LAWRENCE — From the backyard deck of their tidy Cedar Street home, Alex Serrano and his wife and three young children have a clear view into the belly of the beasts that roam this city.
Addicts toss bloody hypodermic needles to the ground like cigarette butts or jab them into the back of the fence Serrano put up last year to wall off his children’s pool and swing set from the destitution that unfolds daily on the other side.
Prostitutes bring their johns to mattresses scattered around the vacant lots and the alley that surround his duplex on three sides, occasionally flinging their condoms under the fence.
Midnight dumpers also appear to have unfettered access to the weedy lots, including one that is owned by the city. Mixed in with the 10 or 12 sopped and filthy mattresses scattered around the lots and the alley are piles of shattered television sets and broken liquor bottles, several tires, a sofa and overstuffed plastic bags of household trash spilling out their contents, including used diapers.
On a recent morning, after Serrano, 30, and his wife, Lillian, 28, thought they’d seen it all, Lillian Serrano saw one thing more, in broad daylight.
“Two days ago, my wife heard a noise,” Serrano said. “When she went to the second floor, she could see a couple having sex (on a mattress in the alley). It was in the day. I think it was 9 in the morning. It was early.”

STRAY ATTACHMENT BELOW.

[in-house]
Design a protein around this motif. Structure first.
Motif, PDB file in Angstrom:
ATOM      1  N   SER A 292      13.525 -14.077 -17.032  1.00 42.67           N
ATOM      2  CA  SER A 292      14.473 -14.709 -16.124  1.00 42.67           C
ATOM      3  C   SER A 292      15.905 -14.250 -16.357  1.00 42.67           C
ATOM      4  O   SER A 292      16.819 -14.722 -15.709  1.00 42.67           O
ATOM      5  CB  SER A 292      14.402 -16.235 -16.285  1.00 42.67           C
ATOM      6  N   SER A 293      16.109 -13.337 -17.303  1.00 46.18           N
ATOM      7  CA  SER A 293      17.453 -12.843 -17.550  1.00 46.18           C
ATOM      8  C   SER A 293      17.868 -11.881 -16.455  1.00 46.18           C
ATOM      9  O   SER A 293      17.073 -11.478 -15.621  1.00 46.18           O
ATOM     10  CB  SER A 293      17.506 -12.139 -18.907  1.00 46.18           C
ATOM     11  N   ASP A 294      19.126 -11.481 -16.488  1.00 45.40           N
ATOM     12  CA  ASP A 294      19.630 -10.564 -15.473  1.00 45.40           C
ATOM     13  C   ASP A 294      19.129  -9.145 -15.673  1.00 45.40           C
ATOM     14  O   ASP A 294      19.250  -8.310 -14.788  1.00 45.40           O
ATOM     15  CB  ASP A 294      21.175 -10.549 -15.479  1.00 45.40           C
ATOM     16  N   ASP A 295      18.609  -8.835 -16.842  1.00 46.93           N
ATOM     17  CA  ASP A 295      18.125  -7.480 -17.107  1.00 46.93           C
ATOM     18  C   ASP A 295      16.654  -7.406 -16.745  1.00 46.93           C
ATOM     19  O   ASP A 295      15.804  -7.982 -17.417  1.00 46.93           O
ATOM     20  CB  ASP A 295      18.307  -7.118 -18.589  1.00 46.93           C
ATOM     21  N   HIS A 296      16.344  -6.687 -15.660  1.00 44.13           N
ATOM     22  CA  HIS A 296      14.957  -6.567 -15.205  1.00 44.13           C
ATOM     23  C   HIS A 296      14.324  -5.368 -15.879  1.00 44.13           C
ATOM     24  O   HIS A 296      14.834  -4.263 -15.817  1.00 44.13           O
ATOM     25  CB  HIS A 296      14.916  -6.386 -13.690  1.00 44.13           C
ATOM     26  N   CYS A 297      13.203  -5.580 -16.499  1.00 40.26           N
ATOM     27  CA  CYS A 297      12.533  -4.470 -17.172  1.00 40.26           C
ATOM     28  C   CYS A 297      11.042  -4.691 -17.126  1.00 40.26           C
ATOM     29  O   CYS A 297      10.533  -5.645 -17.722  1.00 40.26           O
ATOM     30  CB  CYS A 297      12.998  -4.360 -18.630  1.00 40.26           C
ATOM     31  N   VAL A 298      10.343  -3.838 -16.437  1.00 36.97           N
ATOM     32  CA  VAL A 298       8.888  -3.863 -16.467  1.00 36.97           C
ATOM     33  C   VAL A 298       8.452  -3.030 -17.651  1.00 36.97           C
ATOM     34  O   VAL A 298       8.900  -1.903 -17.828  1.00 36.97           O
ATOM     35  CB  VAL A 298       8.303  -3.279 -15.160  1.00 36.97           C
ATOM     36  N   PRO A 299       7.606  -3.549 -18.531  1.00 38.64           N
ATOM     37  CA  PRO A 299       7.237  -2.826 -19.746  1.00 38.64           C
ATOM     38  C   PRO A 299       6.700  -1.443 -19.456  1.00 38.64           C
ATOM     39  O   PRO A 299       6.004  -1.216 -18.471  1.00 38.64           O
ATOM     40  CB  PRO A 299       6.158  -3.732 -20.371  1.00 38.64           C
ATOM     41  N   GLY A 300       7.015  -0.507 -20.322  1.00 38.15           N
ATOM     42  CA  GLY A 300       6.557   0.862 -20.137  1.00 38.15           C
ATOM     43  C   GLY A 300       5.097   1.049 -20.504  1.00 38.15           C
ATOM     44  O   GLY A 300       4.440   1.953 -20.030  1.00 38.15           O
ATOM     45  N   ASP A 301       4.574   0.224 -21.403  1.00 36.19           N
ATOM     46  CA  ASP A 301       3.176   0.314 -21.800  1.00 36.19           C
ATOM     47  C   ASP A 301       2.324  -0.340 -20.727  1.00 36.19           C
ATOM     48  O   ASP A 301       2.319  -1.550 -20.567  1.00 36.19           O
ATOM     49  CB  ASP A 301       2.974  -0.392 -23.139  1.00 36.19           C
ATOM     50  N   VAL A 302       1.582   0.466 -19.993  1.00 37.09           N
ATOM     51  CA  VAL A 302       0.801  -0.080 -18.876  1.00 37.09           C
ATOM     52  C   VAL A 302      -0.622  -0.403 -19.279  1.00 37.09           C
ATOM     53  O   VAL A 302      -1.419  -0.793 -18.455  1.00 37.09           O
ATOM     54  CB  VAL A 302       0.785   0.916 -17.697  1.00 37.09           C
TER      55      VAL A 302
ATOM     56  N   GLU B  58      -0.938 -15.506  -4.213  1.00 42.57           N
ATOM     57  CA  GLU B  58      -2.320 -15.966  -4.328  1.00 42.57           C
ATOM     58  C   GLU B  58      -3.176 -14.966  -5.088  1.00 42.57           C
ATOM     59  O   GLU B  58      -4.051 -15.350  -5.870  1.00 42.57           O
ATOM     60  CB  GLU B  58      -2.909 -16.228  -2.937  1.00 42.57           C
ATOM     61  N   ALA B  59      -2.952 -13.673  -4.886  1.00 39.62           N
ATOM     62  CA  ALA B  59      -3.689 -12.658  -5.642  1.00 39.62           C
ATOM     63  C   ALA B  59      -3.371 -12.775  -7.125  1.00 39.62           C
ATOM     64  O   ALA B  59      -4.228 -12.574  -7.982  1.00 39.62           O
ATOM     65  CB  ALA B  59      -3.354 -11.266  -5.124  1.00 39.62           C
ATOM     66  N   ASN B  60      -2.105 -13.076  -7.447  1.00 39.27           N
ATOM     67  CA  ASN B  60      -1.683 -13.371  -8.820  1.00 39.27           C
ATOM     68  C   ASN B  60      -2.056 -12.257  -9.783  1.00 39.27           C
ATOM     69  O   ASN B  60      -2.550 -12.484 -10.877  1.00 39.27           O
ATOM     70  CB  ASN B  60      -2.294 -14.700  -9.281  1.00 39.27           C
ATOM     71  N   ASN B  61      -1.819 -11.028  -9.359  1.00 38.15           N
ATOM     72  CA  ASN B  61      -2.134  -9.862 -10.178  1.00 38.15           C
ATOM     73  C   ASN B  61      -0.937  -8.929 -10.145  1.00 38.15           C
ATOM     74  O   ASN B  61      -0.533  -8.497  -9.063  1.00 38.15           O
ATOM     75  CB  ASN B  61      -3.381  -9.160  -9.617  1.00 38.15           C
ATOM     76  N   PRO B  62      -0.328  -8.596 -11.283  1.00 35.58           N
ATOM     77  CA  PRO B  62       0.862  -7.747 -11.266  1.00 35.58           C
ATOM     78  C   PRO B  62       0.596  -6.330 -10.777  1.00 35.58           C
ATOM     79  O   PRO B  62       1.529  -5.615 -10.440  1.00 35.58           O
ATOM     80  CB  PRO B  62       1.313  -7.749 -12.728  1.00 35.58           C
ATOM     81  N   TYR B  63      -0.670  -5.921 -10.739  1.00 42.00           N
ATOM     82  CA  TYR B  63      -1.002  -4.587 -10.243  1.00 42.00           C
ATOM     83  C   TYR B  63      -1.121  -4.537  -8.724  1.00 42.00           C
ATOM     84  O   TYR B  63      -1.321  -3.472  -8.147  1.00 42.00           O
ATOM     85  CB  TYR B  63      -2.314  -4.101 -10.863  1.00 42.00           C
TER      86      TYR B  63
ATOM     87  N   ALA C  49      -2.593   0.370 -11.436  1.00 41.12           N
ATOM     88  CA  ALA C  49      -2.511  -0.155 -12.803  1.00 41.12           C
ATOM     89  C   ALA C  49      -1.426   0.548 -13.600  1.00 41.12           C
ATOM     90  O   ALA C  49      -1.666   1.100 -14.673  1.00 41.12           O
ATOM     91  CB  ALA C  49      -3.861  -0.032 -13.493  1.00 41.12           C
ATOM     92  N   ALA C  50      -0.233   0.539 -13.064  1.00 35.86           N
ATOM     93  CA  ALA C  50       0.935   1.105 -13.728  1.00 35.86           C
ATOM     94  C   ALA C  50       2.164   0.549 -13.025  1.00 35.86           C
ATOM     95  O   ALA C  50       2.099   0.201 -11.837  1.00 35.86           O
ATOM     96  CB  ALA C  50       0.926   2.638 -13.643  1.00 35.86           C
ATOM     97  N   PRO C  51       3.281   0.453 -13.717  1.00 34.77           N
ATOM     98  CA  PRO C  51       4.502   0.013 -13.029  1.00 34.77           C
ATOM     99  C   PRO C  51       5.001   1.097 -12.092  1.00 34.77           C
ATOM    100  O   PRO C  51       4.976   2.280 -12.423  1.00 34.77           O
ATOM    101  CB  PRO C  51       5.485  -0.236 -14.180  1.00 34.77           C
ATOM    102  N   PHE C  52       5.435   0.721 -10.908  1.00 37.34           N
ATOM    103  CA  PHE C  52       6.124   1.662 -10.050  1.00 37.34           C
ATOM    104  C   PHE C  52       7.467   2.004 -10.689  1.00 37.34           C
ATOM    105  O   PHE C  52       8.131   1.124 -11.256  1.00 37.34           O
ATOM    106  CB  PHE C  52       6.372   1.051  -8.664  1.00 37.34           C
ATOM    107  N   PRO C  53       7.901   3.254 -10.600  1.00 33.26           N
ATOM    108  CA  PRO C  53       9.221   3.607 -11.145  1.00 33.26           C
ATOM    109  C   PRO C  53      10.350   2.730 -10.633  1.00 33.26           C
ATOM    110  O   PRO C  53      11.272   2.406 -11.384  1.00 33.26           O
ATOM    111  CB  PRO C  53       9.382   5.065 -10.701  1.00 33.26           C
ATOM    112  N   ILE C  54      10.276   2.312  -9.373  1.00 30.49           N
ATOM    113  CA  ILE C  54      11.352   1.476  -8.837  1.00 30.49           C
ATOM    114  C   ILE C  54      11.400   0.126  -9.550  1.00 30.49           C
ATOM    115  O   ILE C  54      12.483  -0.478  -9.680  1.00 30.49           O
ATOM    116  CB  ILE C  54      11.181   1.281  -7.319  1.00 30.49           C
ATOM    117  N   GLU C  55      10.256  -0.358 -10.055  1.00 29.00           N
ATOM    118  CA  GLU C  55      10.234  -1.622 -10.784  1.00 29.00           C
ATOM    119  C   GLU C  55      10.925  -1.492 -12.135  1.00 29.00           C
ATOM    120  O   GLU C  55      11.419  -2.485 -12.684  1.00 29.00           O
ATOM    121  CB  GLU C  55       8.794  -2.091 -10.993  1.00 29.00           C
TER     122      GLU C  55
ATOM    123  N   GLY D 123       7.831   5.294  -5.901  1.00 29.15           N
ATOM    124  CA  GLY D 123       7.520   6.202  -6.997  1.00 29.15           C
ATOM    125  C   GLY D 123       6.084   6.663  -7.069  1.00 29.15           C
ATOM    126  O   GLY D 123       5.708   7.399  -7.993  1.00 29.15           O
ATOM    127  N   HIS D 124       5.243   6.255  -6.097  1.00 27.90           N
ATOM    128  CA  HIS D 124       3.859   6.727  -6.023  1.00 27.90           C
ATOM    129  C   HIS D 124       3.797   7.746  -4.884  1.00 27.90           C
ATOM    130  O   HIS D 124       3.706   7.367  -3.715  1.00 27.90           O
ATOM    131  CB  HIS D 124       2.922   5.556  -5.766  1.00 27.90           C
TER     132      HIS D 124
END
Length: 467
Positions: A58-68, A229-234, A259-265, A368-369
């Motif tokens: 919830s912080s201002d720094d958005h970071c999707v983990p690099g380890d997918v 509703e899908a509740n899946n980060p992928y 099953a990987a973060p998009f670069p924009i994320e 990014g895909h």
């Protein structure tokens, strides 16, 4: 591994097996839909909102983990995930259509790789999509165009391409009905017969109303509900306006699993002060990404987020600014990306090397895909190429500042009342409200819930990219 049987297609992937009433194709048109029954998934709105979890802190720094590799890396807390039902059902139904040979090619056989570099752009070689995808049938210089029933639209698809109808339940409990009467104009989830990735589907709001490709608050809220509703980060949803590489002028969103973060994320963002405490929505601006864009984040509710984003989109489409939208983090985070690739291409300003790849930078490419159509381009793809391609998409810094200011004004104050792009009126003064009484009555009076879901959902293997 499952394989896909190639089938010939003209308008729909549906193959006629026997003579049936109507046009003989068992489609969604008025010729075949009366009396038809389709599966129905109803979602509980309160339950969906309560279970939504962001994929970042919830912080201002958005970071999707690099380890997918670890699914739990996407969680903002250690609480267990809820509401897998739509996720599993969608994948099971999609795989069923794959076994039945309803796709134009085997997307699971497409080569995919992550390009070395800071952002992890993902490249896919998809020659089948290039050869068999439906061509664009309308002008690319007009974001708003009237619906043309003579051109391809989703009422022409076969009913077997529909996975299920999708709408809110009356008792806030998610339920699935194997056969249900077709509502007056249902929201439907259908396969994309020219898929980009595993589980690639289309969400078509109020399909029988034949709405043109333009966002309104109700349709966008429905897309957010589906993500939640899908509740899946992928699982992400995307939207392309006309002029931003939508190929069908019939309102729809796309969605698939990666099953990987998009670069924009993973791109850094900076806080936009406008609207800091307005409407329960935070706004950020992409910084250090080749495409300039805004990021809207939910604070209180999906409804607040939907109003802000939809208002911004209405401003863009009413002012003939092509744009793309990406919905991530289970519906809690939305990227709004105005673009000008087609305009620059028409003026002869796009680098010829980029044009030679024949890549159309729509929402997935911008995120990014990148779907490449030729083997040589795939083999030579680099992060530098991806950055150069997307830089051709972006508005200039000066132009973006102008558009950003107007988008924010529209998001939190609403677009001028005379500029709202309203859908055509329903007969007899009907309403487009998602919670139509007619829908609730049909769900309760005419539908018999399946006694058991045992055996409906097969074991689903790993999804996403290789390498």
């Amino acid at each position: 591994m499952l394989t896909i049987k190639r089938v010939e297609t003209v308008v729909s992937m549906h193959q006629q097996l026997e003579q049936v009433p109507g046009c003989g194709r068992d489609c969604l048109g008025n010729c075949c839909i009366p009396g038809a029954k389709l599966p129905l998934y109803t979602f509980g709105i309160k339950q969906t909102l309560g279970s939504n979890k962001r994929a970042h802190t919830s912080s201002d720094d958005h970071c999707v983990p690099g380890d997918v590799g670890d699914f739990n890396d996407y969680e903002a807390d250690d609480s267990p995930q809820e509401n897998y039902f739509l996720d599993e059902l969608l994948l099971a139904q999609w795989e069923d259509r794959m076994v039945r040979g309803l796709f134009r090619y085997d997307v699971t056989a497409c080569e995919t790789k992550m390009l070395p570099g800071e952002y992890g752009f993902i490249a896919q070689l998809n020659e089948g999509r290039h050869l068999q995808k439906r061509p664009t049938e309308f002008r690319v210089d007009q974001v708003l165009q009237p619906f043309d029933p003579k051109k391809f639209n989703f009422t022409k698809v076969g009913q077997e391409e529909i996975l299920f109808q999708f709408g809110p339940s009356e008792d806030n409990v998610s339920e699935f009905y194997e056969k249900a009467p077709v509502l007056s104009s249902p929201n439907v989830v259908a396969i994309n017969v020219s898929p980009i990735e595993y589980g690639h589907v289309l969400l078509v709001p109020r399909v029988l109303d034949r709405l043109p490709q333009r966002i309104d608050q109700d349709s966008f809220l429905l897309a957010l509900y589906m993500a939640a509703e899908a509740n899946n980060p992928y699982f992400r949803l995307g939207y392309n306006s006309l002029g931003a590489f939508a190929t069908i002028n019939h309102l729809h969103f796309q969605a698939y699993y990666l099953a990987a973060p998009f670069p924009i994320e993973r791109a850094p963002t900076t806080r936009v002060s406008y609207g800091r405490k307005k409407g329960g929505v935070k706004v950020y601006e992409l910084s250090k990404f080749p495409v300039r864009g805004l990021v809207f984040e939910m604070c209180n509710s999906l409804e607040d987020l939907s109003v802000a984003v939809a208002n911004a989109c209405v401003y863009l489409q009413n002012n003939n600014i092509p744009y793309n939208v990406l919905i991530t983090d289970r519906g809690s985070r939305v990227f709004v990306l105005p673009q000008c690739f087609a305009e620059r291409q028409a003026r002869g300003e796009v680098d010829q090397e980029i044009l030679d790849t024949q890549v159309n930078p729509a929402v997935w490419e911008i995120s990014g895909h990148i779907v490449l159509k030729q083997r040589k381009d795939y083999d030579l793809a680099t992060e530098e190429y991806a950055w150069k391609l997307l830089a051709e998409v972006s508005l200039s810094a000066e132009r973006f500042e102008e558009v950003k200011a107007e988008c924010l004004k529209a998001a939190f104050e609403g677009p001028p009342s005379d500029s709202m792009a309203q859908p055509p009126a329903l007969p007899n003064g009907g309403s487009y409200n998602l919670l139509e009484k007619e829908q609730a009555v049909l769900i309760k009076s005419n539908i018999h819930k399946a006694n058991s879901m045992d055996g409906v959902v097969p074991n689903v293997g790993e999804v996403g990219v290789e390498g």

The duplex at 38 and 40 Cedar St. is a perfect storm of conditions that attract illegal activity in Lawrence. The house is just half a block from the boarding houses that line Broadway in that part of the city. The weedy lots that surround it on three sides provide a small bit of off-street seclusion to whoever might need it. The alley in the back has been abandoned for more than a decade, making it difficult to enforce trespassing laws, and is so overgrown that police patrols can’t drive through.
A year ago, just before the Police Department reconstituted a narcotics unit that had been disbanded for two years because of budget cuts, the visits by prostitutes, addicts, vagrants and illegal dumpers became so frequent that Serrano erected the solid six-foot fence on all sides, giving his home a fortress feel.
Serrano recently began asking for help from City Hall, where he’s gotten mixed results from a city that sometimes seems overwhelmed by the challenges it faces on the street in the state’s most impoverished municipality.
Police visited the properties three times over the last week after Serrano called to report men and women injecting drugs or smoking what he said appeared to be crack cocaine, but there have been no arrests. On Tuesday, two people scattered when police approached and a third was issued a no-trespass order. No drugs were found.
“The alleyway is an ideal spot for drug use since the overgrowth shields the suspects from the street view,” Officer Ariel Montas said in a report he filed after visiting the properties Friday. “I will address this issue with (the Department of Public Works). Extra checks of the area are requested from all shifts and the narcotics unit will be notified as well.”
“I walked that alley,” Captain Roy Vasque, chief of the narcotics unit, said yesterday. “I did see hypodermic needles all over the place. Mattresses. Some clothing. I feel for the homeowner, no doubt about that. We told him we’d keep an eye on it for him. If we have to lock people up, we’ll do that.”
The response from the Department of Public Works was more delayed.